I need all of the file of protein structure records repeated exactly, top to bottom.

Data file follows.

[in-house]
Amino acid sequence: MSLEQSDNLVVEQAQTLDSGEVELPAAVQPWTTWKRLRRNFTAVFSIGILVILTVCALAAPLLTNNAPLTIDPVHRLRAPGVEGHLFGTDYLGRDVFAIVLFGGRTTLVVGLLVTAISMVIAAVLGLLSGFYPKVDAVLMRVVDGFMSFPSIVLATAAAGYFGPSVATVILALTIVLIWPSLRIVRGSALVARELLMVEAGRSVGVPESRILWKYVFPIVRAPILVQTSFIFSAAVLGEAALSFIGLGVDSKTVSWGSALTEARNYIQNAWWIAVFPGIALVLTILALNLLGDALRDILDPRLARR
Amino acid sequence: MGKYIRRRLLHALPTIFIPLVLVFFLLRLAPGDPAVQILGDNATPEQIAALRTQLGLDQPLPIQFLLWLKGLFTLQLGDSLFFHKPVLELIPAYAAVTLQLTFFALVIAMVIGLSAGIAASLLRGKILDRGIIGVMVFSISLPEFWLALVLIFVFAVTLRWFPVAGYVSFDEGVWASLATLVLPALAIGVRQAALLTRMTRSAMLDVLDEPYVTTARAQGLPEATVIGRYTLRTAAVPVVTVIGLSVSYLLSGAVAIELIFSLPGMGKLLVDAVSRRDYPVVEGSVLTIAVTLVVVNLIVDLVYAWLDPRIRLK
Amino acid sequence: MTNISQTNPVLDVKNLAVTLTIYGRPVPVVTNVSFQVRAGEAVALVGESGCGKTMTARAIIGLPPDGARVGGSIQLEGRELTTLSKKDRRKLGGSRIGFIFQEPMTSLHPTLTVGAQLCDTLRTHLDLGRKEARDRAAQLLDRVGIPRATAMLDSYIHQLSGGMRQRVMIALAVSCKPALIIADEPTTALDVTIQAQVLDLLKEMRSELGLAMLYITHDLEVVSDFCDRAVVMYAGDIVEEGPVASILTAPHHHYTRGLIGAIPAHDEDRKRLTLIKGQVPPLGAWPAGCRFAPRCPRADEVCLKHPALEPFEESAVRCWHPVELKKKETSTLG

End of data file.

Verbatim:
[in-house]
Amino acid sequence: MSLEQSDNLVVEQAQTLDSGEVELPAAVQPWTTWKRLRRNFTAVFSIGILVILTVCALAAPLLTNNAPLTIDPVHRLRAPGVEGHLFGTDYLGRDVFAIVLFGGRTTLVVGLLVTAISMVIAAVLGLLSGFYPKVDAVLMRVVDGFMSFPSIVLATAAAGYFGPSVATVILALTIVLIWPSLRIVRGSALVARELLMVEAGRSVGVPESRILWKYVFPIVRAPILVQTSFIFSAAVLGEAALSFIGLGVDSKTVSWGSALTEARNYIQNAWWIAVFPGIALVLTILALNLLGDALRDILDPRLARR
Amino acid sequence: MGKYIRRRLLHALPTIFIPLVLVFFLLRLAPGDPAVQILGDNATPEQIAALRTQLGLDQPLPIQFLLWLKGLFTLQLGDSLFFHKPVLELIPAYAAVTLQLTFFALVIAMVIGLSAGIAASLLRGKILDRGIIGVMVFSISLPEFWLALVLIFVFAVTLRWFPVAGYVSFDEGVWASLATLVLPALAIGVRQAALLTRMTRSAMLDVLDEPYVTTARAQGLPEATVIGRYTLRTAAVPVVTVIGLSVSYLLSGAVAIELIFSLPGMGKLLVDAVSRRDYPVVEGSVLTIAVTLVVVNLIVDLVYAWLDPRIRLK
Amino acid sequence: MTNISQTNPVLDVKNLAVTLTIYGRPVPVVTNVSFQVRAGEAVALVGESGCGKTMTARAIIGLPPDGARVGGSIQLEGRELTTLSKKDRRKLGGSRIGFIFQEPMTSLHPTLTVGAQLCDTLRTHLDLGRKEARDRAAQLLDRVGIPRATAMLDSYIHQLSGGMRQRVMIALAVSCKPALIIADEPTTALDVTIQAQVLDLLKEMRSELGLAMLYITHDLEVVSDFCDRAVVMYAGDIVEEGPVASILTAPHHHYTRGLIGAIPAHDEDRKRLTLIKGQVPPLGAWPAGCRFAPRCPRADEVCLKHPALEPFEESAVRCWHPVELKKKETSTLG